Keep Your Zest and Hug Your Firsts!

Key Point: Last week was “Learn at Work Week.” While I strongly believe in continuous learning during all 52 weeks, this particular week involves a search light type focus on the subject.  All this concentrated conversation about learning reinforced my view that high impact leaders are hungry learners with insatiable appetites. As the proverb says, “it’s what you learn after you know it all that counts.” True leaders appreciate they will never know it all.

In 1990, the late and celebrated Stanford professor John W. Gardner gave a speech on this topic to executives at the renowned consulting firm, McKinsey and Company. He questioned and reflected on what might be the personal attribute that allows individuals to keep learning, growing, and changing, to escape their fixed attitudes and habits. According to a recent HBR blog by Bill Taylor, Gardner responded to his rhetorical question this way: “Not anything as narrow as ambition. After all, ambition eventually wears out and probably should. But you can keep your zest until the day you die.” He then offered a simple maxim to guide the accomplished leaders in the room. “Be interested,” he urged them. “Everyone wants to be interesting, but the vitalizing thing is to be interested.”

In the same blog Taylor cites a recently published book called The 10 Essential Hugs of Life, by Roy Spence. Some examples include, “Hug your failures,” “Hug your fears,” “Hug yourself,” “Hug your firsts.” In his book, Spence notes: “When you’re a kid, every day is full of firsts, full of new experiences. As you get older, your firsts become fewer and fewer. If you want to stay young, you have to work to keep trying new things.”

The idea of replenishing ZEST through seeking firsts and fully embracing the “new” in life much like a bright-eyed child is a wonderful thought and reminder.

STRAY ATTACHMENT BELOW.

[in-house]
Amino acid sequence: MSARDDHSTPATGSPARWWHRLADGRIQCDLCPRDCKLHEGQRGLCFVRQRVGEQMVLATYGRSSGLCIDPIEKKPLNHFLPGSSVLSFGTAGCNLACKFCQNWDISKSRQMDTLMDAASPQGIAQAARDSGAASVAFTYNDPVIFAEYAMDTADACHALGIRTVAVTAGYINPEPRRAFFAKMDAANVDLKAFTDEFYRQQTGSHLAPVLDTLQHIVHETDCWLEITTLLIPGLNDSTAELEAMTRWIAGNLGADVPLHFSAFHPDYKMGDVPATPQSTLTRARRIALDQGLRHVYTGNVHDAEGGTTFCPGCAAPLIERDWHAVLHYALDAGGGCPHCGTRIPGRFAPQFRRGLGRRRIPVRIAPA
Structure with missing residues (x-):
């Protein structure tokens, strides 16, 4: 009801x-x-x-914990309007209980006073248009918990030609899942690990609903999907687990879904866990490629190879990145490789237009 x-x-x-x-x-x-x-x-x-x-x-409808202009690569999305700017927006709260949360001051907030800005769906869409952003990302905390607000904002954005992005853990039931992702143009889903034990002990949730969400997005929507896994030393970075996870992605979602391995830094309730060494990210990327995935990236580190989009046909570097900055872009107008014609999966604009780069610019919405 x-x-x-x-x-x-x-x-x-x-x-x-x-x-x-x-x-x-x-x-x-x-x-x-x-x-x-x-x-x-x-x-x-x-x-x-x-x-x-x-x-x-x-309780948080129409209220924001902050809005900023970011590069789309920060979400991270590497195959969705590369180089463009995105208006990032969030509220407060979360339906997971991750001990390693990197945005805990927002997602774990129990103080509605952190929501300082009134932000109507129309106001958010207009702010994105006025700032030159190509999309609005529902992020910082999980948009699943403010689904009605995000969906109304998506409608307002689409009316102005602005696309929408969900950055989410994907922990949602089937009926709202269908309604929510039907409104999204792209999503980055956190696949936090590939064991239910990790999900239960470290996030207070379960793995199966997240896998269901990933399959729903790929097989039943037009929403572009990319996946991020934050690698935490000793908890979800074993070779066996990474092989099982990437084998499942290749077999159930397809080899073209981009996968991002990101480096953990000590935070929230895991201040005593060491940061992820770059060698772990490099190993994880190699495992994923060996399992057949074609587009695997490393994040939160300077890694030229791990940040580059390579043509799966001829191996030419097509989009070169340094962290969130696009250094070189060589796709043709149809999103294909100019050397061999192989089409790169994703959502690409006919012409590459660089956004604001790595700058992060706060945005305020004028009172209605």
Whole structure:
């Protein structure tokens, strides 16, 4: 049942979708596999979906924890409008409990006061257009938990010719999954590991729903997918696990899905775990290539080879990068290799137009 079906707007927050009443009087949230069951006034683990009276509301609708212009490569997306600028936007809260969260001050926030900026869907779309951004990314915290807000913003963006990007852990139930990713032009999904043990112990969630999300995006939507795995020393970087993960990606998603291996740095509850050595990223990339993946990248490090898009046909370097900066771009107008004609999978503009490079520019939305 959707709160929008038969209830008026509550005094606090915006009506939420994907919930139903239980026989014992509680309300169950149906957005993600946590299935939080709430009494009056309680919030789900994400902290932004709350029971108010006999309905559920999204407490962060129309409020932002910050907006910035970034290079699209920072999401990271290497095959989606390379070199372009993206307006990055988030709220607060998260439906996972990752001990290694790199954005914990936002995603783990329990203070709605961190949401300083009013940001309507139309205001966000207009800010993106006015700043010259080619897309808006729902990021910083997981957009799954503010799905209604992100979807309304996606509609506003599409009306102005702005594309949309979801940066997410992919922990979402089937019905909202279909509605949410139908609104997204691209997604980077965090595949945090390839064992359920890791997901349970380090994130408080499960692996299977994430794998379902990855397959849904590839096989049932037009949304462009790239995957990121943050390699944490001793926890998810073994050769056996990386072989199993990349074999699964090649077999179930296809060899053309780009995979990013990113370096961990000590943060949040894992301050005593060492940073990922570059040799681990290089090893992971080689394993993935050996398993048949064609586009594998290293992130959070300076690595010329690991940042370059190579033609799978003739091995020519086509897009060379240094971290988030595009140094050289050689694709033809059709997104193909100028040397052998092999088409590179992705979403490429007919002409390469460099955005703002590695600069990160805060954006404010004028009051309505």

Character Moves: 

  1. Seek out and hug your firsts. This is the beautiful mindset of viewing all the new in our daily lives. It could be a person we meet for the first time, a concept we’ve never thought about, a book we’ve never read, a new website, personal best during a work out, the list goes on. And as Spence says, “hug them all!!” 
  2. Remember that the way to be interesting is to be interested. Who can resist someone who is genuinely interested? When someone wants to really learn something about us it is hard not to connect with that person. We usually find them very interesting… Hmm.

Zestful hugs in The Triangle,

Lorne  

One Millennial View: Sometimes as a 20-something, firsts are seemingly experienced all the time by a lot of people you know… It’s usually that newly engaged/married friend, or that person buying their first house, etc. Those are HUGE, but it’s not hard to appreciate (hug) those things… Although I’m developing and looking forward to the big “firsts,” it’s still important to always be doing something new that you’re looking forward to. I always want to be planning a fresh, exciting new “first.” Who wants to go skydiving?

– Garrett

Edited and published by Garrett Rubis

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